Mother organizes free children's tuina classes
Li Jing, who saw her son benefit from tuina, a hands-on-body treatment in traditional Chinese medicine, decided to fund free classes for other parents.
Li, director of Shanghai Shunjie New Material Tech Co, saw a program of free tuina classes realized in Yangpu District on Friday.
Like many new mothers, Li worried about her son being ill, especially when mainstream medication didn’t work so well. He used to develop asthma days into having a cold, and for health reasons had to skip kindergarten.
Li was introduced to tuina by her son’s teacher, who said another parent, a Frenchwoman, had tried the treatment on her child and it worked well. It proved effective on Li’s son, too.
Tuina, a practice that is thousands of years old, is the stimulation of acupressure points on the body by brushing, kneading, rolling, pressing, rubbing and other movements. It is said to be therapeutic for various diseases. Children's tuina is a subcategory of the therapy, tailored to younger bodies.
“My son had asthma because his lungs were not strong enough to let him cough out the phlegm which then blocked his air tube,” Li said. “Tuina helped him get the phlegm out timely.”
Li learned the methods to apply to her son by herself and he is now free of asthma.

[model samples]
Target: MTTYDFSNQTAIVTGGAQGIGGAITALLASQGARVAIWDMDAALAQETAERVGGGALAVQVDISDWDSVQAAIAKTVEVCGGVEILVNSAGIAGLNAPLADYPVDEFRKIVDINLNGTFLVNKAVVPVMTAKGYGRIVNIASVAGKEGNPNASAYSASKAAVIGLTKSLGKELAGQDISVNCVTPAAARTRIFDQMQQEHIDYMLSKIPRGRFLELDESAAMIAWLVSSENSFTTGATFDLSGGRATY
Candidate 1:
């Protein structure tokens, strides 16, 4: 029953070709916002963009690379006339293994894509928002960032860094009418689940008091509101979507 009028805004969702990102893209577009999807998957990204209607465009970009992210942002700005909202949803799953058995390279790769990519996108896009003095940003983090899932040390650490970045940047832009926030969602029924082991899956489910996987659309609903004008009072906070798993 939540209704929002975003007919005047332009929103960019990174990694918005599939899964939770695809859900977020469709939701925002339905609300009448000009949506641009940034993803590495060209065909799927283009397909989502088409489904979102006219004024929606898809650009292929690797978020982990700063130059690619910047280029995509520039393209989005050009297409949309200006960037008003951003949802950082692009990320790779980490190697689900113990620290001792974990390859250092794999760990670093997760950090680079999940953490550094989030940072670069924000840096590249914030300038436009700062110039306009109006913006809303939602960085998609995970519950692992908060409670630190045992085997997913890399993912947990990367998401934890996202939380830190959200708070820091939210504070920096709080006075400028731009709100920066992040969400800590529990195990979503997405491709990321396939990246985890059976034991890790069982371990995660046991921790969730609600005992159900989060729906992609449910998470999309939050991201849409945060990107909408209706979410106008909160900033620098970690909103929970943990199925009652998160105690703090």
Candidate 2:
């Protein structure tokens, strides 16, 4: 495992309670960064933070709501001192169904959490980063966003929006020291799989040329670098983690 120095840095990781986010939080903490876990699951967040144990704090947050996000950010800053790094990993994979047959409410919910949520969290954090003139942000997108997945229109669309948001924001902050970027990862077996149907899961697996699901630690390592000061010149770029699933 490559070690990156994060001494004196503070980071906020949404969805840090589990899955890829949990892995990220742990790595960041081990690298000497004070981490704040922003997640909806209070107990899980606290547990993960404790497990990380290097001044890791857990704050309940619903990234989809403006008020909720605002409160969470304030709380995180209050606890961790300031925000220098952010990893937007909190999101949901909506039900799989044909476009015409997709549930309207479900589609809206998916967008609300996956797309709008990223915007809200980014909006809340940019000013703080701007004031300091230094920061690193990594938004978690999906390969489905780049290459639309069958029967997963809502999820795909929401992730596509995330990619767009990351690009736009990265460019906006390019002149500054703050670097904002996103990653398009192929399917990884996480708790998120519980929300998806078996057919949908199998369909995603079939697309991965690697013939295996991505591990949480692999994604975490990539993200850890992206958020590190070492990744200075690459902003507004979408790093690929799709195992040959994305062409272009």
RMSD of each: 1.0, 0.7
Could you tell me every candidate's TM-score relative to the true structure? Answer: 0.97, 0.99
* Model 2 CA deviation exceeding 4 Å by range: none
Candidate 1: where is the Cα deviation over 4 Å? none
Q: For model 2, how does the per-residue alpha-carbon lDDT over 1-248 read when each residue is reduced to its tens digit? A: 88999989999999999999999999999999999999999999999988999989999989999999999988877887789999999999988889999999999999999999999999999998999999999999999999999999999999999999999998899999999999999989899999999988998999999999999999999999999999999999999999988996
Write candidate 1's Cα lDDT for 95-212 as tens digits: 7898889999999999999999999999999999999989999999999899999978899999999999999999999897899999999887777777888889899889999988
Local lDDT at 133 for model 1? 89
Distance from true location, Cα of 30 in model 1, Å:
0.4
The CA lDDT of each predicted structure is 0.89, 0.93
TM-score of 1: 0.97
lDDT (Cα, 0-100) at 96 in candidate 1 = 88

Seeking to introduce tuina to more local families, Li got in contact with Shanghai Children’s Foundation earlier this year.
Yangpu District Women’s Federation then stepped in to run the community program envisioned by Li with a local non-profit organization of mothers which has been holding children’s tuina classes for communities and companies for two years.
Jin Jin, a team leader of the organization and certificated tuina therapist, said children’s tuina skills are actively sought after and well received by local parents.
“Many parents are seeking solutions to some common problems among young children, such as constant tonsillitis, long-time coughing, sleeping disorders, slow growth and poor appetite,” she said. “Children’s tuina has proved to be effective in dealing with many of those problems.”
Under the new program, TCM doctors specializing in children’s tuina have been engaged to give classes to community residents and volunteer lecturers on Jin’s team.
One of the doctors is Chu Yuzhou, from Yueyang Hospital of Integrated Traditional Chinese and Western Medicine, who gave a lecture for mothers on treating children’s constipation with tuina at Yangpu District Women and Children’s Activity Center on Friday, the first lecture under the program.
“Children’s tuina has proved to be therapeutic for 32 diseases ranging from diarrhea, constipation and coughing to cerebral palsy,” he said. “In treating muscular torticollis, for example, while many hospitals usually suggest operations, tuina can solve the problem in a few months.”
Children’s tuina, Chu said, is recommended for kids under 12, while the younger the patient, the more effective the treatment, as people have less sensitive muscles as they grow.
A total of 156 lectures are planned under the program, with 24 given by doctors and 132 by volunteer mothers.
Li said the program will be later expanded to other Shanghai districts.
“Through this foundation, I hope children’s tuina can benefit more families with children having diseases that are hard to cure, and that we will have more pediatricians trained in TCM especially in remote areas of the country where there is a lack of medical workers,” she said.